Unlike Matthew and Luke, who begin their respective gospel with a genealogy and a birth narrative, Mark begins with a few sentences pointing out the prophetic oracles fulfilled in the appearance of John the Baptiser. We first meet Jesus as one among John’s penitents, seeking this baptism. With that experience there comes for Jesus a great sense of commission. The Spirit of God takes possession of him and flings him into the desert for an ordeal of temptation. Jesus doesn’t begin to preach until after John’s arrest. When he does, he calls people to repent and believe the good news and declares that the time has come for the reign of God to begin on earth.

Unlike the reclusive John, who carried on his prophetic ministry in the wilderness, Jesus goes to the villages and cities. He teaches in the synagogue at Capernaum and calls four fishermen to be his companions. He casts out demons and cures the sick. Moving through Galilee, he cures a leper, which embarrassingly increases his fame, and then a paralytic on the Sabbath, which incenses the Pharisees. Their hostility is increased by his calling a tax collector to follow him and by his eating with such people. His disciples disregard the expected fasting; he is indifferent to the refinements of the Law of the Sabbath, and finally on the Sabbath he cures a man whose hand is withered. As a result the Pharisees plot to put him to death. In the face of this peril Jesus retreats with his disciples to the seashore. He seems to adjust his plans to the new situation by calling twelve men to be his associates and by resorting to the use of parables, which partly veil and yet convey his message.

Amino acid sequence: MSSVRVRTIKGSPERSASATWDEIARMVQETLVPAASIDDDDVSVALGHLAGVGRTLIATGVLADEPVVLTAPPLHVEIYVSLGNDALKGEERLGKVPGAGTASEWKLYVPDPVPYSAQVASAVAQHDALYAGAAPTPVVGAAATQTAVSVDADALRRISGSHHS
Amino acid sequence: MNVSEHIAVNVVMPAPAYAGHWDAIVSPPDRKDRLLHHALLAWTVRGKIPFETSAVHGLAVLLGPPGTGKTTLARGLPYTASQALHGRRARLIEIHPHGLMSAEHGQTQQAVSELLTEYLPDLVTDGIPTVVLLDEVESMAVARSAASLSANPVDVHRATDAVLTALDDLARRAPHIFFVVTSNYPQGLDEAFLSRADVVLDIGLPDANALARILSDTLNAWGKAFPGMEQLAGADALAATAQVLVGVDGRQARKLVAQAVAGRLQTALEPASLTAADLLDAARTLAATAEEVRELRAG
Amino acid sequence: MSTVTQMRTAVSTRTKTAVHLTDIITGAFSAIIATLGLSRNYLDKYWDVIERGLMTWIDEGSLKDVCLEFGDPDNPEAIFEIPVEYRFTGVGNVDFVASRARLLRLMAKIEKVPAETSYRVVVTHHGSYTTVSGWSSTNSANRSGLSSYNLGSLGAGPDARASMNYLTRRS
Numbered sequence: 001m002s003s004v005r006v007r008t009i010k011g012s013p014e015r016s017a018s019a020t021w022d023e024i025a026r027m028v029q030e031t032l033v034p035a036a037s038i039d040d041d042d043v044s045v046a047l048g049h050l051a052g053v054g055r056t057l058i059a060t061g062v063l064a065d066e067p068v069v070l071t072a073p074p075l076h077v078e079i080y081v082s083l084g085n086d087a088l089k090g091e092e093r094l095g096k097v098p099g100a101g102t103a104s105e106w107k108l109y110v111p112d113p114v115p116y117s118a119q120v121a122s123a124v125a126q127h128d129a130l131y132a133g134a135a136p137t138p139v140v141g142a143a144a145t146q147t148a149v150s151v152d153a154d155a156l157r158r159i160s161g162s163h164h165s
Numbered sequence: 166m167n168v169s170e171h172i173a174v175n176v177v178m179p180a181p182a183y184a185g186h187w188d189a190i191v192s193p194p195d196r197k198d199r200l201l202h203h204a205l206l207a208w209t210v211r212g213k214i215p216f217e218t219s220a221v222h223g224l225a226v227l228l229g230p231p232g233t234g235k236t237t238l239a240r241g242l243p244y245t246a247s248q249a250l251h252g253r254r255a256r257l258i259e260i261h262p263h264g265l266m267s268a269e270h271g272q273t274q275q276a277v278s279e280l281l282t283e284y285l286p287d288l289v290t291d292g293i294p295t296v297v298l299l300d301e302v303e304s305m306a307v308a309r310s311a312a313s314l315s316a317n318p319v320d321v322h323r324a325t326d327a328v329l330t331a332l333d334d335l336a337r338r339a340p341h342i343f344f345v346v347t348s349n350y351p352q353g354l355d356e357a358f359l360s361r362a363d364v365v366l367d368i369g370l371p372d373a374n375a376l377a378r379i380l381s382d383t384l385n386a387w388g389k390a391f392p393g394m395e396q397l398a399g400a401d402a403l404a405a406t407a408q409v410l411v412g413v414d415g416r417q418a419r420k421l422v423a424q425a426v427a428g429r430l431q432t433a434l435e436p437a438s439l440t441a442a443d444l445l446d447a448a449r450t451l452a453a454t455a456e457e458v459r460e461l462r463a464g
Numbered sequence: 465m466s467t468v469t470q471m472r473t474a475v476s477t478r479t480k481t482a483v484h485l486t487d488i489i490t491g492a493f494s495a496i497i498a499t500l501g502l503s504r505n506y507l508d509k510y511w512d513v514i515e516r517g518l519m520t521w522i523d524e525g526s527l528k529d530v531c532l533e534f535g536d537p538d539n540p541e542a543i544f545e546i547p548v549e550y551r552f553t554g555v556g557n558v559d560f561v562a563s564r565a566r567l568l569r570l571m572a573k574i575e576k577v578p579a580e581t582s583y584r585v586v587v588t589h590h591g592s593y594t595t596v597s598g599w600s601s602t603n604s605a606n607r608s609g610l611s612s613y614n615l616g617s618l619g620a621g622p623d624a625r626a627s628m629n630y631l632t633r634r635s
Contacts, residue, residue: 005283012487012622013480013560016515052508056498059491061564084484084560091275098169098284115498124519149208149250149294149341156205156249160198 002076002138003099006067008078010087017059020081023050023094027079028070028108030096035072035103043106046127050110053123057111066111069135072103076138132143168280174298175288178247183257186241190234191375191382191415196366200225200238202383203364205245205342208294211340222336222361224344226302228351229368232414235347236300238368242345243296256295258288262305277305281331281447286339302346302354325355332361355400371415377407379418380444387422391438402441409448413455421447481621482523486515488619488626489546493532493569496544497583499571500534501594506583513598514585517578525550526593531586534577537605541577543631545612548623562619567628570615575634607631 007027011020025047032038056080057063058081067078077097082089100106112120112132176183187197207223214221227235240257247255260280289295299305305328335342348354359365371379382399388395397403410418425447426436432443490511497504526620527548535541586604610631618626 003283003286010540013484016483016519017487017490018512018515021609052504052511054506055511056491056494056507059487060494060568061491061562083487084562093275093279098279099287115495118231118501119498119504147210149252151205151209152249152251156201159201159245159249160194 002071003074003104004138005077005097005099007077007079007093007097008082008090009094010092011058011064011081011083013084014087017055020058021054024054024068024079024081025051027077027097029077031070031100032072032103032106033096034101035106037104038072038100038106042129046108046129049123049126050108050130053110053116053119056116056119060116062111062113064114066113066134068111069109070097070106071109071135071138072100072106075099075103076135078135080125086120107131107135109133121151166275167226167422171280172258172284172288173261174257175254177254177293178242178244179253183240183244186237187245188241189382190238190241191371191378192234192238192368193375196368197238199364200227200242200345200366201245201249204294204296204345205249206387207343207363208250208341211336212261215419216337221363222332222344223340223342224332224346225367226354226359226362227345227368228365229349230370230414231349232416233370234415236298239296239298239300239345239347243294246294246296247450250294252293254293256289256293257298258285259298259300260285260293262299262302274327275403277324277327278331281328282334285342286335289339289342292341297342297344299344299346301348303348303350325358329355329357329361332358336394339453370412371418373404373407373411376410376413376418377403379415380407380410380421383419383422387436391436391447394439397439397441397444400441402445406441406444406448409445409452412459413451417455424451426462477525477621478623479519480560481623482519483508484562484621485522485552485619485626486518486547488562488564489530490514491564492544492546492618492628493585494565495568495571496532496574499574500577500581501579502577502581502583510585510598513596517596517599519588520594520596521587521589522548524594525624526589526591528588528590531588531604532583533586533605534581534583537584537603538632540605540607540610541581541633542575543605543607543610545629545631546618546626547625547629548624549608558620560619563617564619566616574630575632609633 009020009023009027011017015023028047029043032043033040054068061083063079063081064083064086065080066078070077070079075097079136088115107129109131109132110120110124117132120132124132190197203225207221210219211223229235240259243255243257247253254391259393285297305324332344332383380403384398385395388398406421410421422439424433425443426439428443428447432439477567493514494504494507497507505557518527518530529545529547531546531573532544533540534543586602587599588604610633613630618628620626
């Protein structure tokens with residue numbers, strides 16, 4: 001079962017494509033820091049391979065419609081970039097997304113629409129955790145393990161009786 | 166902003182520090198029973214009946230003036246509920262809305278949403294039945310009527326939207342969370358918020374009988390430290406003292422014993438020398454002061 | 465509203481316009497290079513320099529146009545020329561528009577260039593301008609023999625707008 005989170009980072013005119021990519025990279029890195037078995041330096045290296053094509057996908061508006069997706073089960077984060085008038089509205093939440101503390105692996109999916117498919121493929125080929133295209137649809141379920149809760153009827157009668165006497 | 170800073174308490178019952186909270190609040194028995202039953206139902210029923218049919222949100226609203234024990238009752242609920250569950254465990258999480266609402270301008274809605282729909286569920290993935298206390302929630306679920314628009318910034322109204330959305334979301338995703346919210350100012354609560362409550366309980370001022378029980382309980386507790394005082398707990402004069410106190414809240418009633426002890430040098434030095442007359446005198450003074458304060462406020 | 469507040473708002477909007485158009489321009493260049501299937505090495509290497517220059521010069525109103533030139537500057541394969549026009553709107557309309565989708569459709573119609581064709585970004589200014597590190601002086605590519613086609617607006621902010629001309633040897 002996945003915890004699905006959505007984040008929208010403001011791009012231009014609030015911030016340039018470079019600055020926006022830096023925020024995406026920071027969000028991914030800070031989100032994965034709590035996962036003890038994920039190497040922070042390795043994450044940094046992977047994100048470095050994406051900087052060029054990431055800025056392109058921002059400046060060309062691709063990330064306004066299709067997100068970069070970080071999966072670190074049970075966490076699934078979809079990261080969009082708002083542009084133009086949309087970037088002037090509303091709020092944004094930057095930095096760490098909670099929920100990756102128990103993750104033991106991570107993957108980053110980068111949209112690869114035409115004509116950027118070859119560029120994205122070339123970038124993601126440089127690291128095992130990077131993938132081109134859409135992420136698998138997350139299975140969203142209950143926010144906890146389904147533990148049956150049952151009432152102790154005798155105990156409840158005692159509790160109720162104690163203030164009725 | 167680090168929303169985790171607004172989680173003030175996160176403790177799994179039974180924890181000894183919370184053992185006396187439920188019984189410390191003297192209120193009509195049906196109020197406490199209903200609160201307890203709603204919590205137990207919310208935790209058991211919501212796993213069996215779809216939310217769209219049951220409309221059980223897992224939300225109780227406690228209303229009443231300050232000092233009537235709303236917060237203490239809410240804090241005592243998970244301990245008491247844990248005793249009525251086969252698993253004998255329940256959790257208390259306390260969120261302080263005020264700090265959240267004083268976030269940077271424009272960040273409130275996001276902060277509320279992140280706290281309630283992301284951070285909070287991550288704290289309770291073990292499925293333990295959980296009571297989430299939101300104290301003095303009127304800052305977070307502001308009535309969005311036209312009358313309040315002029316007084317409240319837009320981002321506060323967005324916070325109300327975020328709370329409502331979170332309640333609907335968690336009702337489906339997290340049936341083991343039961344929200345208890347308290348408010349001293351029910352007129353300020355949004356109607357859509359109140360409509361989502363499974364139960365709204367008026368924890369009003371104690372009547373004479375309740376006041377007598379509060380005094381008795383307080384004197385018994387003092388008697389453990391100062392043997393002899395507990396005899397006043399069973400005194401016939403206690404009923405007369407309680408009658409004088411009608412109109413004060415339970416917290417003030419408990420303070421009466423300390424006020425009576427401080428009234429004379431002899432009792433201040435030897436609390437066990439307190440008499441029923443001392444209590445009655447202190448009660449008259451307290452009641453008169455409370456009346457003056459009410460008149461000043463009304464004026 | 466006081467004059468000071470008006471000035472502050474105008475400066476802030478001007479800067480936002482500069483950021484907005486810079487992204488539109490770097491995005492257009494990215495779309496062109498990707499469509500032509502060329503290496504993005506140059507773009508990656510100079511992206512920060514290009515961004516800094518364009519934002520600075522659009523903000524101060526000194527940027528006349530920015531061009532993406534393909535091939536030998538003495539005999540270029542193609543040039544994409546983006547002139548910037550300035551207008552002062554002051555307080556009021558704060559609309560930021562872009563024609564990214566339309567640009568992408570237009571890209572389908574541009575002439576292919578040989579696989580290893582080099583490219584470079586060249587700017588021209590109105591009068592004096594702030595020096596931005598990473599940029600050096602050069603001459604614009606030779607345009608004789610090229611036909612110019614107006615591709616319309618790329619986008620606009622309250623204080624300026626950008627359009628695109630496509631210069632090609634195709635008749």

He stills the tempest, casts out demons, raises Jairus’ daughter, and preaches at Nazareth, where, to his surprise, his townspeople refuse of his message. He sends the Twelve out to preach repentance, cast out demons, and cure the sick. He feeds the multitudes (as Elisha had done) and again saves the disciples from storm. The criticism of the scribes and Pharisees about his practice of eating with unwashed hands leads him to denounce their insincerity and sweep away the whole doctrine of clean and unclean foods.